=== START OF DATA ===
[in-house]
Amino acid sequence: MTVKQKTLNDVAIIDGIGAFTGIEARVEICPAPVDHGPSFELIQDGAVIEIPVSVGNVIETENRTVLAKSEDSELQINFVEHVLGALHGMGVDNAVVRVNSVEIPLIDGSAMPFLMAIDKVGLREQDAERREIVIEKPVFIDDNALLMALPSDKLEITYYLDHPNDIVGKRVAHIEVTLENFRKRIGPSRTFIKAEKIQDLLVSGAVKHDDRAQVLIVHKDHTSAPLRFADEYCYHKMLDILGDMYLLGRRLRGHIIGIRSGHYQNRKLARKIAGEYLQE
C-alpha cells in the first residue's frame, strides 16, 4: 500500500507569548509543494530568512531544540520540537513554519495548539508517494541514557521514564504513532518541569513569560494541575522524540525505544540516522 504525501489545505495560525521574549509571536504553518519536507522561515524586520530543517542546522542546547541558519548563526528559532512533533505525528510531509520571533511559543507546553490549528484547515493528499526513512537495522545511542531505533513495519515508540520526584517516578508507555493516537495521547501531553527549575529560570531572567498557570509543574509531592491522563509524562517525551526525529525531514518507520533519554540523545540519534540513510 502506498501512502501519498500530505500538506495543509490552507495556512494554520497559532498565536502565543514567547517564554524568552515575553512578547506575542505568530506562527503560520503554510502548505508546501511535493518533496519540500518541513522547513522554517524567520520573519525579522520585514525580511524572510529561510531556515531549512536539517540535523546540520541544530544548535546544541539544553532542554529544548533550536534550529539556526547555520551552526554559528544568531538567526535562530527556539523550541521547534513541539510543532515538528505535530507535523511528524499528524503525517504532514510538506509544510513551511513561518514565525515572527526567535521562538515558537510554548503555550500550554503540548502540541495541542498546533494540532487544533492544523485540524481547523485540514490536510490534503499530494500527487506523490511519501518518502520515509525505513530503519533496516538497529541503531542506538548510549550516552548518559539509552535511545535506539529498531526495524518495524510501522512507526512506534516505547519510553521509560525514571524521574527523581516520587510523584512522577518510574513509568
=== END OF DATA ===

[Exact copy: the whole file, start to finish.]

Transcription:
[in-house]
Amino acid sequence: MTVKQKTLNDVAIIDGIGAFTGIEARVEICPAPVDHGPSFELIQDGAVIEIPVSVGNVIETENRTVLAKSEDSELQINFVEHVLGALHGMGVDNAVVRVNSVEIPLIDGSAMPFLMAIDKVGLREQDAERREIVIEKPVFIDDNALLMALPSDKLEITYYLDHPNDIVGKRVAHIEVTLENFRKRIGPSRTFIKAEKIQDLLVSGAVKHDDRAQVLIVHKDHTSAPLRFADEYCYHKMLDILGDMYLLGRRLRGHIIGIRSGHYQNRKLARKIAGEYLQE
C-alpha cells in the first residue's frame, strides 16, 4: 500500500507569548509543494530568512531544540520540537513554519495548539508517494541514557521514564504513532518541569513569560494541575522524540525505544540516522 504525501489545505495560525521574549509571536504553518519536507522561515524586520530543517542546522542546547541558519548563526528559532512533533505525528510531509520571533511559543507546553490549528484547515493528499526513512537495522545511542531505533513495519515508540520526584517516578508507555493516537495521547501531553527549575529560570531572567498557570509543574509531592491522563509524562517525551526525529525531514518507520533519554540523545540519534540513510 502506498501512502501519498500530505500538506495543509490552507495556512494554520497559532498565536502565543514567547517564554524568552515575553512578547506575542505568530506562527503560520503554510502548505508546501511535493518533496519540500518541513522547513522554517524567520520573519525579522520585514525580511524572510529561510531556515531549512536539517540535523546540520541544530544548535546544541539544553532542554529544548533550536534550529539556526547555520551552526554559528544568531538567526535562530527556539523550541521547534513541539510543532515538528505535530507535523511528524499528524503525517504532514510538506509544510513551511513561518514565525515572527526567535521562538515558537510554548503555550500550554503540548502540541495541542498546533494540532487544533492544523485540524481547523485540514490536510490534503499530494500527487506523490511519501518518502520515509525505513530503519533496516538497529541503531542506538548510549550516552548518559539509552535511545535506539529498531526495524518495524510501522512507526512506534516505547519510553521509560525514571524521574527523581516520587510523584512522577518510574513509568